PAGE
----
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Bug Eyes

Are you fully considering Demodex in your work-ups and treatment decisions?
By Elyse L. Chaglasian, OD, and Tammy Than, MS, OD

1/15/2015

Ocular surface disease. Meibomian gland dysfunction. Blepharitis. Every eye care meeting is teeming with lectures on these topics, and rightly so. Although practitioners have always seen a multitude of patients with complaints of dryness, irritation and redness, it is only recently that diagnostic tools and treatments have improved enough to better pinpoint the exact problem and treat each individual patient appropriately and more effectively than ever before. 

But there’s one more word that needs to be incorporated into our daily lexicon: Demodex. While we may not wish to embrace the notion that infestation of this intradermal parasitic mite is the cause of a host of eyelid problems, we cannot ignore the facts. 

Consider this: in a study by Hyun Koo, MD and colleagues, Demodex were found in 84% of patients with ocular discomfort (i.e., dryness, pruritus, ocular pain, or visual disturbance).1 Prevalence was also found to increase with age: Demodex was identified in 84% of the population at age 60 and 100% of the population over the age of 70.2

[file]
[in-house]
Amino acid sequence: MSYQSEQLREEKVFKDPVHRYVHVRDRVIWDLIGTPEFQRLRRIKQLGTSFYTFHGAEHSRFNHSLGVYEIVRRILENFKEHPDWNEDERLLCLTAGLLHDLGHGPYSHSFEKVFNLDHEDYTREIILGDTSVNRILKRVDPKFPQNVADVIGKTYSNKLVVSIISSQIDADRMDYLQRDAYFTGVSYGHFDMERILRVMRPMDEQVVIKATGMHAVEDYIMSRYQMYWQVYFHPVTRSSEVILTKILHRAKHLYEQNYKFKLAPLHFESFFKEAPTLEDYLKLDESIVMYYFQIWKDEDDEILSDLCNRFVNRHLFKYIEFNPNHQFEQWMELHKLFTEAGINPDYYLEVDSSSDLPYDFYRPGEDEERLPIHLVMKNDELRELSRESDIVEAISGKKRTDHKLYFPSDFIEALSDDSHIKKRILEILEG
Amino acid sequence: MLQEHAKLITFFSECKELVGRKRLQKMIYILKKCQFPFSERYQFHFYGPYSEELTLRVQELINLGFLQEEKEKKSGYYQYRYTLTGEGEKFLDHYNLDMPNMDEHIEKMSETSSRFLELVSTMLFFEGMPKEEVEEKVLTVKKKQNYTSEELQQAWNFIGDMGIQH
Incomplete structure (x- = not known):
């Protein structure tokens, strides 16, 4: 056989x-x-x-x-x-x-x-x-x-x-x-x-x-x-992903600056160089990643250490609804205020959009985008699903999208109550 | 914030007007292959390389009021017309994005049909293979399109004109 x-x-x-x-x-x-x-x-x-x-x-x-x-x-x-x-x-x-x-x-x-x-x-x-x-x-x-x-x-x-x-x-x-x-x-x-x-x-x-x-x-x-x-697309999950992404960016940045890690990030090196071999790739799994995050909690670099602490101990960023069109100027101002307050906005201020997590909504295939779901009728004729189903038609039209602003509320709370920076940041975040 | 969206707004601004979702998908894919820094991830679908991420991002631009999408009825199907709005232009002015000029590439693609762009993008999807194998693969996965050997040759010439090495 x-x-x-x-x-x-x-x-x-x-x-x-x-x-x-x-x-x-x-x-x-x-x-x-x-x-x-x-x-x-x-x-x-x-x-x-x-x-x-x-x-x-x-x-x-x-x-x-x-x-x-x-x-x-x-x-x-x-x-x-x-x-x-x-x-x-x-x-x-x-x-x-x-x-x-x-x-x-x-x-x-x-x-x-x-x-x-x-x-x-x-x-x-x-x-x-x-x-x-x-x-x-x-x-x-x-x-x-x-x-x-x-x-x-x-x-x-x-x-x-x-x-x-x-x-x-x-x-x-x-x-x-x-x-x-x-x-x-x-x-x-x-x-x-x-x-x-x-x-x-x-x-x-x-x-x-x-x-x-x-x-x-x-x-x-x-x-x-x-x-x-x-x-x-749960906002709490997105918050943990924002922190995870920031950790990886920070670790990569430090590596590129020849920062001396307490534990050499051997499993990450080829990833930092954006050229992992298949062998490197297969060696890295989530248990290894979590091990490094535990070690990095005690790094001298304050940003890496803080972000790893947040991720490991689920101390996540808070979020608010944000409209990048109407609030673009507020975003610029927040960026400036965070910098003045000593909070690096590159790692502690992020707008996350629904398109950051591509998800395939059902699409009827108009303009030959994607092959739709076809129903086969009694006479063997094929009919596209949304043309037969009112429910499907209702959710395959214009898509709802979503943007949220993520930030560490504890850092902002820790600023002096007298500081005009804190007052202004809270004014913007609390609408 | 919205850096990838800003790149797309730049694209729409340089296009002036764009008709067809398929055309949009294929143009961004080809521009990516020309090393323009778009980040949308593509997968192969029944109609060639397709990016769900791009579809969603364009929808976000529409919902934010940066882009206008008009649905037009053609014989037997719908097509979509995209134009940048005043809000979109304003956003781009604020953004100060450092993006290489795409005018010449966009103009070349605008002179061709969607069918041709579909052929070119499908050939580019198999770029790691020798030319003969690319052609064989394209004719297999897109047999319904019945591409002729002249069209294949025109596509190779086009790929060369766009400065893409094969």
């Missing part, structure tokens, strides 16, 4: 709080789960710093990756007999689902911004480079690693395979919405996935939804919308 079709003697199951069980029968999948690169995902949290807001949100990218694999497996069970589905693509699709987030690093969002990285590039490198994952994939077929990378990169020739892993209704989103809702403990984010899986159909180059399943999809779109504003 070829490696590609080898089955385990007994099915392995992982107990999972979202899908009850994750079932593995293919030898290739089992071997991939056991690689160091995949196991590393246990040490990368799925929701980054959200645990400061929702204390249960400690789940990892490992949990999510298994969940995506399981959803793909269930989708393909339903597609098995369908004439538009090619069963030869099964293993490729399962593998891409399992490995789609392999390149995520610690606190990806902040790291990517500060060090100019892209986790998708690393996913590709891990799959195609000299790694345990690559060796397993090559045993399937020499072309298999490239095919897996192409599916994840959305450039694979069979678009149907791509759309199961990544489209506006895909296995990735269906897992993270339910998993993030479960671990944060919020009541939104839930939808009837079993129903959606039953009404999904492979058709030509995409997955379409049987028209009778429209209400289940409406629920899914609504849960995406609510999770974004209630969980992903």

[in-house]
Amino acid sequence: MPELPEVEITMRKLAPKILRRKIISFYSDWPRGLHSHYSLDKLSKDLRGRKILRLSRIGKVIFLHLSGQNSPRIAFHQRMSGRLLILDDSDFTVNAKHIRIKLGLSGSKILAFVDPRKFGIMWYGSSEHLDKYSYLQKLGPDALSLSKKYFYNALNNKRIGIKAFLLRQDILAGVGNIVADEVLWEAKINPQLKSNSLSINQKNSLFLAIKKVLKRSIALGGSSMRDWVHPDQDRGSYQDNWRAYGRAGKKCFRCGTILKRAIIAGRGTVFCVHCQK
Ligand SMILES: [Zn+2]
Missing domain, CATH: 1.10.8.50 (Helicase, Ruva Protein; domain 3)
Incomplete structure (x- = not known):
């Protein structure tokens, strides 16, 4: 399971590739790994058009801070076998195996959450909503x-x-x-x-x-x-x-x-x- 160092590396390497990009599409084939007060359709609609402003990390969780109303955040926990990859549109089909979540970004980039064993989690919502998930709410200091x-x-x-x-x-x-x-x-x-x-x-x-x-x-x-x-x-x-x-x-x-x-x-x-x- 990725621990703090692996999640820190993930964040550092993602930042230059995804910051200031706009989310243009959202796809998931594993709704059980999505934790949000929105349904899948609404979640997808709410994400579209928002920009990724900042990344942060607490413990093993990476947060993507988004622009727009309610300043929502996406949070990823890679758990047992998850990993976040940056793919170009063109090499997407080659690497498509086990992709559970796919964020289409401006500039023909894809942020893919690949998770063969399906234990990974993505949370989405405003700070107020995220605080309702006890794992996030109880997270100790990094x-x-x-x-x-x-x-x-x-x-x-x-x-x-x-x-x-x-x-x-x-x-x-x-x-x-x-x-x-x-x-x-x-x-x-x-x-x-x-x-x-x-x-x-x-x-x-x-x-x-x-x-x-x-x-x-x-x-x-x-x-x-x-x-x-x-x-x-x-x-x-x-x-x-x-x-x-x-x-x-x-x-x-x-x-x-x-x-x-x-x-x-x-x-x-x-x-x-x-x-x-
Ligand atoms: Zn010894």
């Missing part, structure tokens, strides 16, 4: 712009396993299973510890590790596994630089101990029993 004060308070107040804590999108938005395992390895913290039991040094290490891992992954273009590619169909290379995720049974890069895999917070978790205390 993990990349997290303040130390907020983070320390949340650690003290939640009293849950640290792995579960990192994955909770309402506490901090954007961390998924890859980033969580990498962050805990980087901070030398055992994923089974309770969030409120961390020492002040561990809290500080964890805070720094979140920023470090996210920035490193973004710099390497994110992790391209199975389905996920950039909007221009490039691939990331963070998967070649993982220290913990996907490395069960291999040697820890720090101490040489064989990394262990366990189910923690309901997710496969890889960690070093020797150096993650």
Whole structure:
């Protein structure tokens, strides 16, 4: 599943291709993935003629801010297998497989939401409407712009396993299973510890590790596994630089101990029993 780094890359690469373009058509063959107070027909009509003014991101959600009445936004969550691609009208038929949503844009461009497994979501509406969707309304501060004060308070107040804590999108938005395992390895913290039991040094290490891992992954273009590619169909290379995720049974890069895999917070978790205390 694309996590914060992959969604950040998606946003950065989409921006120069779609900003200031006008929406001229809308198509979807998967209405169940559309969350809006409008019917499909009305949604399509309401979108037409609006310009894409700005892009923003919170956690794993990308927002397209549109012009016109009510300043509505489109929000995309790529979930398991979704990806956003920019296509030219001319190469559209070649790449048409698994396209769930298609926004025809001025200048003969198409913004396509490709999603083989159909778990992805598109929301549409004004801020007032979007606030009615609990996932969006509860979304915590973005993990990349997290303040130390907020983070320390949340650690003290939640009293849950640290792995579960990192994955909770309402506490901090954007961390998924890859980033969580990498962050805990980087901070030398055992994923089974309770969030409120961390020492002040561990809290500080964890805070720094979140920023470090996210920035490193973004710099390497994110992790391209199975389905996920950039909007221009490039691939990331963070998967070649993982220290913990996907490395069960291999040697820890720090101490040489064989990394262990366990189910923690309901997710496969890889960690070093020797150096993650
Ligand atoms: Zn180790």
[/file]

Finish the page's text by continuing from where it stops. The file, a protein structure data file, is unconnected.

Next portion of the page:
These are staggering statistics for a condition that is routinely overlooked. Many of us have patients in our practice who we are doggedly treating for blepharitis, with little to marginal improvement. In cases like this, we need to consider that Demodex could be the cause when the problem is refractory to the standard therapies of artificial tears, warm compresses or prescription topical or oral antibiotic or steroid formulations. First, however, we need to know how to identify a Demodex-laden lid and then how to eradicate the problem.


 
Fig. 1. Demodex, pervasive on lids and lashes, can clog the meibomian glands.  ©PS Micrographs  

A Mite-y Challenge
A classic presentation of Demodex blepharitis appears as cylindrical, waxy collarettes at the base of the eyelashes, thought to be an accumulation of Demodex folliculorum excreta, epithelial hyperplasia and reactive hyperkeratinization.3-4 The mites consume epithelial cells at the hair follicle, causing lash distention. 

Infestation is caused primarily by Demodex brevis, which reside deep in the meibomian glands, leading to blockage and lipid tear film insufficiency, and sometimes recurrent and refractory chalazia.5,6 Dying mites themselves may trigger a cascade of inflammatory responses involving the lid margin, conjunctiva and cornea that can be visually devastating.4